Barry Scott Wimpfheimer. The Talmud: A Biography. Princeton University Press, 2018.
Until fairly recently, most non-Jews had either never heard of the Talmud, or else were under the impression that it gave instructions upon how to sacrifice Christian children. It is actually a massive compendium of early Jewish thought. The core of it, termed the Mishnah, is a systematic law code. The bulk of the work is a discursive commentary on this known as Gemara. Analysts divide the contents in halakhah (law) and aggadah (non-law, mostly legend).
For a representative example of halakah, Wimpfheimer takes a basic legal decision from the Mishnah: ‘A dog who took a cake [baking on top of hot coals] and went to a haystack, it ate the cake and set fire to the haystack: on account of the cake [an owner] pays full damages, but on the haystack [an owner pays] half-damages.’
This passage produced endless commentaries by later writers, for instance Maimonides (twelfth century), whose Mishnah Torah was an attempt to produce a more systematic codification of Jewish law. But Rabad, ‘the established leading rabbi of Provence’ disagreed so strongly that he wrote a sharp gloss on it while he was on his death bed: he said that the dog’s owner should be liable for the whole haystack, not only one half.
For aggadah, he picks out one of the most implausible legends: that when the Children of Israel reached Mount Sinai, ‘the Holy One Blessed Be He overturned the mountain like a barrel over them and said to them, “It is good if you all accept the Torah, but if not . . . there will be your burial site”.’ This was deduced from a single word in the Book of Exodus (19:17), betahtit, “at the foot of”; the prefix be- is unnecessary, so it was interpreted as meaning that they were not at the base of the mountain, but literally underneath it.
In many places the Talmud gives various rival opinions without adjudicating between them. Ezekiel (37:1-14) had a vision of dead bones coming back to life. ‘One early rabbi asserts that the bones were brought to life for a moment, they sang a song and they expired. This occasions a reaction from a colleague who thinks that this is too literal a rendering: the dry bones, in his view, are a hypothetical parable. A group of later rabbis disagrees with both ideas. The dry bones’ corpses, says one rabbi, got married and had children and grandchildren in the land of Israel. Another rabbi adds to this claim by asserting that one of his ancestors was one of these dry bones people and the rabbi possesses his ancestor’s phylacteries.’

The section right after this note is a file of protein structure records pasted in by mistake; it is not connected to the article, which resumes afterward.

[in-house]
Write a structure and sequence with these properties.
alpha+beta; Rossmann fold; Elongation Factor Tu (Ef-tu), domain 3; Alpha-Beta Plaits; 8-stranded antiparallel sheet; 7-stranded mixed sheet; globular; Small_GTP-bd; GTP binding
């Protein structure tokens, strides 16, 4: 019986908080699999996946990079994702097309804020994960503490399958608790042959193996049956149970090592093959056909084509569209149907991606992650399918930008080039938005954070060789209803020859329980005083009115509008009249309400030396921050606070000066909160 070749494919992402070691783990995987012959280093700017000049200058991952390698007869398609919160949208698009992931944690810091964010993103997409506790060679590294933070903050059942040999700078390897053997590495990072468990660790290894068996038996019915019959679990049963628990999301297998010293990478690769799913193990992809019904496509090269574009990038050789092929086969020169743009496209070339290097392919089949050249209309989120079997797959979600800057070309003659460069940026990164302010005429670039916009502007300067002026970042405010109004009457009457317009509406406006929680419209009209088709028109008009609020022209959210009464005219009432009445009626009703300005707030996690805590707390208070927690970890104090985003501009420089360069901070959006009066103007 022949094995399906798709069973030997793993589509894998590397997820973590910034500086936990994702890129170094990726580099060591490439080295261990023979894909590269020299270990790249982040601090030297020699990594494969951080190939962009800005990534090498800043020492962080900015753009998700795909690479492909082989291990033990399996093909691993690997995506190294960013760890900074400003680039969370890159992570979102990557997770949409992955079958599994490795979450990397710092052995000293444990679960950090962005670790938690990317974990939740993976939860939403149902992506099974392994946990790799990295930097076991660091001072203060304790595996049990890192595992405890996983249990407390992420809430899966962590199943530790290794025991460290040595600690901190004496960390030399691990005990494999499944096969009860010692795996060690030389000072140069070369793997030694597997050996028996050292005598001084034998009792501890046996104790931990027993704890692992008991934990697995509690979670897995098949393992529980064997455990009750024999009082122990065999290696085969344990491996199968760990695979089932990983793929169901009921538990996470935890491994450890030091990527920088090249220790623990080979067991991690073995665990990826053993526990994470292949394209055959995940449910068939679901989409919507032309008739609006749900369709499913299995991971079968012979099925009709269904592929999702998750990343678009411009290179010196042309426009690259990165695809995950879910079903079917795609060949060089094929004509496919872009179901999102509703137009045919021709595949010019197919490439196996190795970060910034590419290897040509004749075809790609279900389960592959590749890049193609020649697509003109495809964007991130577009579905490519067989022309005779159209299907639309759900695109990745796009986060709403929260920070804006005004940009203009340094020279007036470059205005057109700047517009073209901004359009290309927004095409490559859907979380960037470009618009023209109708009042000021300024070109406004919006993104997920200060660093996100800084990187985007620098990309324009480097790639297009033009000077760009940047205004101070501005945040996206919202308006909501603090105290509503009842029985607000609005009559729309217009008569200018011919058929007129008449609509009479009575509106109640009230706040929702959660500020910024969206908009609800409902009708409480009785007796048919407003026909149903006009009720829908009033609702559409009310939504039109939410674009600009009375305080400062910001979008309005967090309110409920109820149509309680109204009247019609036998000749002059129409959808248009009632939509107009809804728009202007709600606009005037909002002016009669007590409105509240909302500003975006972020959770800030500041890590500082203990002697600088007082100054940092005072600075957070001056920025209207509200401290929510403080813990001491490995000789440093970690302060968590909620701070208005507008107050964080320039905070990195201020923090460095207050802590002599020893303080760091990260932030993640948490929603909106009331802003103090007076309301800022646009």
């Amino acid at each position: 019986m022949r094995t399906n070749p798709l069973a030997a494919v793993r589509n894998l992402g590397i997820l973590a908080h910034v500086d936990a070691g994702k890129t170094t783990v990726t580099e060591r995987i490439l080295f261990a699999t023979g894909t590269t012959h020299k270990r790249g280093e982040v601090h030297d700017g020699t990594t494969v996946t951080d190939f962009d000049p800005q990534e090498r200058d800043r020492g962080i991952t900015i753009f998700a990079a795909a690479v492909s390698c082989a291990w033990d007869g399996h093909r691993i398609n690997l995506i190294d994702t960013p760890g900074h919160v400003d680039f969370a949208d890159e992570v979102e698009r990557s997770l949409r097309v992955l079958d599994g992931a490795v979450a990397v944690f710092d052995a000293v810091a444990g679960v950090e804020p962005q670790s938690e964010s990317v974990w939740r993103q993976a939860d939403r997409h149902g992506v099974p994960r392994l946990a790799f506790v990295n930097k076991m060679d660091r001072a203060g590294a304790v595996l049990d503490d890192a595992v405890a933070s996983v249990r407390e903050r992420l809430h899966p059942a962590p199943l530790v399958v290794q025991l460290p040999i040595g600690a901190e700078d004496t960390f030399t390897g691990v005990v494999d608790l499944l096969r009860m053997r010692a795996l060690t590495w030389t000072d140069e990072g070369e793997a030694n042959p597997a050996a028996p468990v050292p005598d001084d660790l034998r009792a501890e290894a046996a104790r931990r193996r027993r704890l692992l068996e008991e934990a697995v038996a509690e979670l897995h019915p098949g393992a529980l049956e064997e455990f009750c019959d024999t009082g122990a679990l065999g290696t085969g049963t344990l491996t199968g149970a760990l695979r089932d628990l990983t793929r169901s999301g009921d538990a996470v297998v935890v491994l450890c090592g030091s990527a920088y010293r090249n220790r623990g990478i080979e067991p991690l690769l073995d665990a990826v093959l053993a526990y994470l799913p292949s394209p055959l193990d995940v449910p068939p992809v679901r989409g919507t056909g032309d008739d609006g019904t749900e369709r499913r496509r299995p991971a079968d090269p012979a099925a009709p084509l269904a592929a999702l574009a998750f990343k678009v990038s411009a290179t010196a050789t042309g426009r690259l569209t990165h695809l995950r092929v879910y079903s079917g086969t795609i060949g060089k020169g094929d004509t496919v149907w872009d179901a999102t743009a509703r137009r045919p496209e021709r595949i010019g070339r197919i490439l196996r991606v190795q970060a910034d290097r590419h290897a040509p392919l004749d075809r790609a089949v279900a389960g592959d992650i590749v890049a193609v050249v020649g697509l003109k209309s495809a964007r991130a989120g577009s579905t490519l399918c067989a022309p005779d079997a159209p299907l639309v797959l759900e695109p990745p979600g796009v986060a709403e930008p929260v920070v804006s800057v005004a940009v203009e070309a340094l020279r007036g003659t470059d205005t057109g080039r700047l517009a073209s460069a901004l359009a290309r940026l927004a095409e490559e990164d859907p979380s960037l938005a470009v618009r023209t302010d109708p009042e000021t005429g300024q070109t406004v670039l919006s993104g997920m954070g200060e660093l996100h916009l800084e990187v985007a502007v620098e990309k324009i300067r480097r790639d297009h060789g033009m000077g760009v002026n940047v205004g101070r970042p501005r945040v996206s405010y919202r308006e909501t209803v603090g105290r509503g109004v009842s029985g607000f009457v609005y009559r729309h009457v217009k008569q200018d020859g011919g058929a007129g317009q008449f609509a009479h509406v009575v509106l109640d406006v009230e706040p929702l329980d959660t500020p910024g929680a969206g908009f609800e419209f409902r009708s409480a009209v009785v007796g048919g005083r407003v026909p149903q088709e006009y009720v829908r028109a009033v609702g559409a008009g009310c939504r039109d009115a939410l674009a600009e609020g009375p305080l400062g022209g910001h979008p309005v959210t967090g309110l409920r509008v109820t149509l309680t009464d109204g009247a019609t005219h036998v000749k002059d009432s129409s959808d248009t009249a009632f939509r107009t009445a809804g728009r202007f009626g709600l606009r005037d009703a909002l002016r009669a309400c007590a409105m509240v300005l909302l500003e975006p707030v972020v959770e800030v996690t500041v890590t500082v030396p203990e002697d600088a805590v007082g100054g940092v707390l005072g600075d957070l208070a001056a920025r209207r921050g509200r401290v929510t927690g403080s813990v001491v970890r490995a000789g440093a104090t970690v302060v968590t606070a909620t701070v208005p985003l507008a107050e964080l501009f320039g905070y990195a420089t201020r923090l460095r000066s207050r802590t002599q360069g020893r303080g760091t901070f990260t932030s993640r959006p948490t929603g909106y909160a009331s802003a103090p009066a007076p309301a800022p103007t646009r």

In 1240, at the behest of Louis IX of France, the Talmud was put on trial. It was found guilty and sentenced to be burnt. Some twenty carloads of handwritten Talmuds went up in smoke, at a site normally used for executing humans, but fortunately this was not the end.
The first printed editions were incunabula, that is, from before 1500. These were only of single tractates. The first complete edition was produced at Venice by Daniel Bomberg between 1520 and 1523. In this, the text was framed by the commentary of Rashi (1040-1105), and Tosafist commentary. This was successful enough to establish a fixed pagination for the body of the entire Talmud (though this must have created headaches for the typesetters of all subsequent editions).
It became more widely distributed than ever before. The first volume of the 1880-1886 edition produced at Vilnius by the Romm Press sold more than 22,000 copies in its first year. One interesting edition was the 'Survivor’s Talmud'. In 1946 a delegation of rabbis approached the United States military about the unavailability of the Talmud for the many Jews displaced by the Nazis. So they requisitioned a printing house in Heidelberg and brought out a 'beautiful' photo-offset edition.
The Vilna edition has become absolutely standard, so that, for instance, among Orthodox Jews, it is a standard practice for a bride’s family to present the groom with a full set of the Talmud as a wedding present, but it has to be the Vilna edition. Most curiously, among ultra-Orthodox circles in Israel, it is absolutely forbidden for females to study the Talmud, but this is, again, only applied to the Vilna edition, so that women and girls ‘are permitted to study from worksheets onto which the Talmud’s digital text has been pasted.’
It is unfortunate that limitations of size mean that many things have had to be left out. He mentions that the original Venice printing of the Talmud was purchased by, among others Henry VIII of England. Space, I suppose, did not permit him to describe how Henry VIII later engaged a Talmudic scholar as part of his (unsuccessful) campaign to persuade the Pope to annul his marriage to Catherine of Aragon.
I think that a glossary and list of abbreviations would have been useful. More than once in his notes he references “two JTS manuscripts”. I think this may stand for 'Jewish Theological Seminary', but he does not say so. – Gareth J. Medway